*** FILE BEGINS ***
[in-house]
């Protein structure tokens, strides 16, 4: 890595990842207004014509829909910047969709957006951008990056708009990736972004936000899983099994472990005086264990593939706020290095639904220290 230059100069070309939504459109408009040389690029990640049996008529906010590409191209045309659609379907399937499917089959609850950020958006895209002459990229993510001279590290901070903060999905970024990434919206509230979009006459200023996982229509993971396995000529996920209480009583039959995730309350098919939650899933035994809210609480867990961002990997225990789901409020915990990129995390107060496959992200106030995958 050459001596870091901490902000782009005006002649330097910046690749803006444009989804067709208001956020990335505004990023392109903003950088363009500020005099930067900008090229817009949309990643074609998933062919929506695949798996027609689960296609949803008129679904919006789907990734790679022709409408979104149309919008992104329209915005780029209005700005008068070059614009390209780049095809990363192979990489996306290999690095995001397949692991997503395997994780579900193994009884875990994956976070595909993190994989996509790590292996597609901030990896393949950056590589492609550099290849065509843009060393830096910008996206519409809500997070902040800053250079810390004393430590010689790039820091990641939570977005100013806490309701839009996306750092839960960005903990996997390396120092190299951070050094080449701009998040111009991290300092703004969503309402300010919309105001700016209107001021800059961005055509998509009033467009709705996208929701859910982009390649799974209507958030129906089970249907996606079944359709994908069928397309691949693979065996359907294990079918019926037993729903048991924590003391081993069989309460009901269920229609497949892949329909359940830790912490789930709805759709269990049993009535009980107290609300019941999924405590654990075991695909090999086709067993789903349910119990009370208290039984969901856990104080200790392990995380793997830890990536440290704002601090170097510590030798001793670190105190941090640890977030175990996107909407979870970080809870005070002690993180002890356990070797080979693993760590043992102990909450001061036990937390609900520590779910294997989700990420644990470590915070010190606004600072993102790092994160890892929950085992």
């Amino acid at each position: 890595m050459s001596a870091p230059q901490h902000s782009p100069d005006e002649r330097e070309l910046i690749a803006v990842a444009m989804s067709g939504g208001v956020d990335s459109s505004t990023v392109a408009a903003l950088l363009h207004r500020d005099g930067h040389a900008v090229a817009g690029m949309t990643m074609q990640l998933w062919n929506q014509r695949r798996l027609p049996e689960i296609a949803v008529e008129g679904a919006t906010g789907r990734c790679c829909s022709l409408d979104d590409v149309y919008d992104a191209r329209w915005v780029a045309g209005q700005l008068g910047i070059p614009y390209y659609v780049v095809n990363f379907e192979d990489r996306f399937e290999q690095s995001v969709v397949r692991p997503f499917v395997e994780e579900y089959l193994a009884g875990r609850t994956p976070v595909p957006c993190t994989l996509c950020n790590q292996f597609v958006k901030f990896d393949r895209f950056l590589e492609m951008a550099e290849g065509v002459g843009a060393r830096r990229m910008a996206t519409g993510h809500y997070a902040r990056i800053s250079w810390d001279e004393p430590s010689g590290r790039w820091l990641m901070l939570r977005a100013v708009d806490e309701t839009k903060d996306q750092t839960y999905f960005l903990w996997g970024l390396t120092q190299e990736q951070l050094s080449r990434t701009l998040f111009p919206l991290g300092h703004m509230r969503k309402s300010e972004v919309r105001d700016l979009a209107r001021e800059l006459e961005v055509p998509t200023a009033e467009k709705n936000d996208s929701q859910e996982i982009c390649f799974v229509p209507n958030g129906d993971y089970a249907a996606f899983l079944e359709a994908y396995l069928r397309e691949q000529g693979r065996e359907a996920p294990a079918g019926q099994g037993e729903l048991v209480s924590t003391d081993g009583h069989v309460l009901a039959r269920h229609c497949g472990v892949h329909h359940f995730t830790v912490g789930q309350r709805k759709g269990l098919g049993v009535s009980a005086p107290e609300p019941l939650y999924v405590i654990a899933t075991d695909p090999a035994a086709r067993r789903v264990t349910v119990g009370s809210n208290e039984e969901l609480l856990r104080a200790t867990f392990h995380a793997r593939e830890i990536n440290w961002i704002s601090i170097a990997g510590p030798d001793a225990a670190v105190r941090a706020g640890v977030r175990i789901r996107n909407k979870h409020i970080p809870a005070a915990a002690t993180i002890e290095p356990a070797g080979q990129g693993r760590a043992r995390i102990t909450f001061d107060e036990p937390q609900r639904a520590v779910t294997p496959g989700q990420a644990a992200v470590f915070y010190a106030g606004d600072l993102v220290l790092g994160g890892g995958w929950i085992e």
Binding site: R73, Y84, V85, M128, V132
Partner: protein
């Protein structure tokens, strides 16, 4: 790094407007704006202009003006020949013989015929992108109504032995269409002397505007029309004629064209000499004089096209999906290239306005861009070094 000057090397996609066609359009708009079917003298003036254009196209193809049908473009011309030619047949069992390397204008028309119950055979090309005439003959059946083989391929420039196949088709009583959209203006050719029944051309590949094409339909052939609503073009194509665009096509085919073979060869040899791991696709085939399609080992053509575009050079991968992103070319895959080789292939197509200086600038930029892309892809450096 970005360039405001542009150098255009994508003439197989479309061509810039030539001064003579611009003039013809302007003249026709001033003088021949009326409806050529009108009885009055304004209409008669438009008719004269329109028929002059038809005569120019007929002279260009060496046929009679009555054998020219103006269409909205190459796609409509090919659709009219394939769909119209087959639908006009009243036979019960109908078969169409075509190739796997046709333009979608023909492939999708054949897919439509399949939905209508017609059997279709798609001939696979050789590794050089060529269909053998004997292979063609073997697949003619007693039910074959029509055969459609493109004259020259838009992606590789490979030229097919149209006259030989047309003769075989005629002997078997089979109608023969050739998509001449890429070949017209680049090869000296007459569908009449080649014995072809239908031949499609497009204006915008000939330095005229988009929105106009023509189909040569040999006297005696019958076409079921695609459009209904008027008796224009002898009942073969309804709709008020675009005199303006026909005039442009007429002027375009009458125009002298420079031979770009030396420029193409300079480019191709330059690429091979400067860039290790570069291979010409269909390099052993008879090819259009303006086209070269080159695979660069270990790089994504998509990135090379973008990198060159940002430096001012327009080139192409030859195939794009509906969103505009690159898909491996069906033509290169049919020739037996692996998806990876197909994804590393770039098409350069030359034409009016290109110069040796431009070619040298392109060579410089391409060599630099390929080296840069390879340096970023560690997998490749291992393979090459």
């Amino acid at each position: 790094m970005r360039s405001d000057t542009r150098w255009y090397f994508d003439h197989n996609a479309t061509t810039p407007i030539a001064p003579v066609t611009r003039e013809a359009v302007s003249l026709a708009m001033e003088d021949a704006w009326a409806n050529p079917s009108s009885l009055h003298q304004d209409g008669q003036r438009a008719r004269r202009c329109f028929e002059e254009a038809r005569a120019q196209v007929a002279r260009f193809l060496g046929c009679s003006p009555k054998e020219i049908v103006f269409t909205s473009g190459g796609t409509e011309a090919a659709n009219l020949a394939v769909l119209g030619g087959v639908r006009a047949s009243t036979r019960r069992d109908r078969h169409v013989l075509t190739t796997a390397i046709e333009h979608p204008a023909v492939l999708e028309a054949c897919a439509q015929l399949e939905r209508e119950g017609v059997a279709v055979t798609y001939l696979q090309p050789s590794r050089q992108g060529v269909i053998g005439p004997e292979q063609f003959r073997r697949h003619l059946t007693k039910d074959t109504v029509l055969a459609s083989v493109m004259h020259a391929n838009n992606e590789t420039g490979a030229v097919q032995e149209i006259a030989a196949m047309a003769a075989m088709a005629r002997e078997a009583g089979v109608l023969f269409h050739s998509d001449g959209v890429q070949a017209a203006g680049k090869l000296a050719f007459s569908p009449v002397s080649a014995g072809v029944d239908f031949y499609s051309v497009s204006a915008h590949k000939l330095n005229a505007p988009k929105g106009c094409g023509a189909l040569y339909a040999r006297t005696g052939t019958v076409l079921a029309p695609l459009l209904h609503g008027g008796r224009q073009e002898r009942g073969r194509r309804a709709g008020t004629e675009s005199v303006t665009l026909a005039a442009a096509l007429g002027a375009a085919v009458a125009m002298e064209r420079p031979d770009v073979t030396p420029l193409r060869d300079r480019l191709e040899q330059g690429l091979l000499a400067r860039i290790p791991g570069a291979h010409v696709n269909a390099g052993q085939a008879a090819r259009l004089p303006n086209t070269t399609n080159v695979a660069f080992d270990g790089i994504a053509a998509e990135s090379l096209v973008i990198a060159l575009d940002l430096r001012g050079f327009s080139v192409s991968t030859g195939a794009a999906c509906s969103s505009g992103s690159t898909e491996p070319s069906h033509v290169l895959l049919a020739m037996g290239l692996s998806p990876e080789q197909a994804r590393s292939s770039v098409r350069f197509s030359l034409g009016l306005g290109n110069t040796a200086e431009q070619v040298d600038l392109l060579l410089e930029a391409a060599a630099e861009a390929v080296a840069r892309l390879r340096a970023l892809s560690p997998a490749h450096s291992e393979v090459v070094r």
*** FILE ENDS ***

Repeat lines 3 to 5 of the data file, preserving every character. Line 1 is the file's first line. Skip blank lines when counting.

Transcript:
């Amino acid at each position: 890595m050459s001596a870091p230059q901490h902000s782009p100069d005006e002649r330097e070309l910046i690749a803006v990842a444009m989804s067709g939504g208001v956020d990335s459109s505004t990023v392109a408009a903003l950088l363009h207004r500020d005099g930067h040389a900008v090229a817009g690029m949309t990643m074609q990640l998933w062919n929506q014509r695949r798996l027609p049996e689960i296609a949803v008529e008129g679904a919006t906010g789907r990734c790679c829909s022709l409408d979104d590409v149309y919008d992104a191209r329209w915005v780029a045309g209005q700005l008068g910047i070059p614009y390209y659609v780049v095809n990363f379907e192979d990489r996306f399937e290999q690095s995001v969709v397949r692991p997503f499917v395997e994780e579900y089959l193994a009884g875990r609850t994956p976070v595909p957006c993190t994989l996509c950020n790590q292996f597609v958006k901030f990896d393949r895209f950056l590589e492609m951008a550099e290849g065509v002459g843009a060393r830096r990229m910008a996206t519409g993510h809500y997070a902040r990056i800053s250079w810390d001279e004393p430590s010689g590290r790039w820091l990641m901070l939570r977005a100013v708009d806490e309701t839009k903060d996306q750092t839960y999905f960005l903990w996997g970024l390396t120092q190299e990736q951070l050094s080449r990434t701009l998040f111009p919206l991290g300092h703004m509230r969503k309402s300010e972004v919309r105001d700016l979009a209107r001021e800059l006459e961005v055509p998509t200023a009033e467009k709705n936000d996208s929701q859910e996982i982009c390649f799974v229509p209507n958030g129906d993971y089970a249907a996606f899983l079944e359709a994908y396995l069928r397309e691949q000529g693979r065996e359907a996920p294990a079918g019926q099994g037993e729903l048991v209480s924590t003391d081993g009583h069989v309460l009901a039959r269920h229609c497949g472990v892949h329909h359940f995730t830790v912490g789930q309350r709805k759709g269990l098919g049993v009535s009980a005086p107290e609300p019941l939650y999924v405590i654990a899933t075991d695909p090999a035994a086709r067993r789903v264990t349910v119990g009370s809210n208290e039984e969901l609480l856990r104080a200790t867990f392990h995380a793997r593939e830890i990536n440290w961002i704002s601090i170097a990997g510590p030798d001793a225990a670190v105190r941090a706020g640890v977030r175990i789901r996107n909407k979870h409020i970080p809870a005070a915990a002690t993180i002890e290095p356990a070797g080979q990129g693993r760590a043992r995390i102990t909450f001061d107060e036990p937390q609900r639904a520590v779910t294997p496959g989700q990420a644990a992200v470590f915070y010190a106030g606004d600072l993102v220290l790092g994160g890892g995958w929950i085992e």
Binding site: R73, Y84, V85, M128, V132
Partner: protein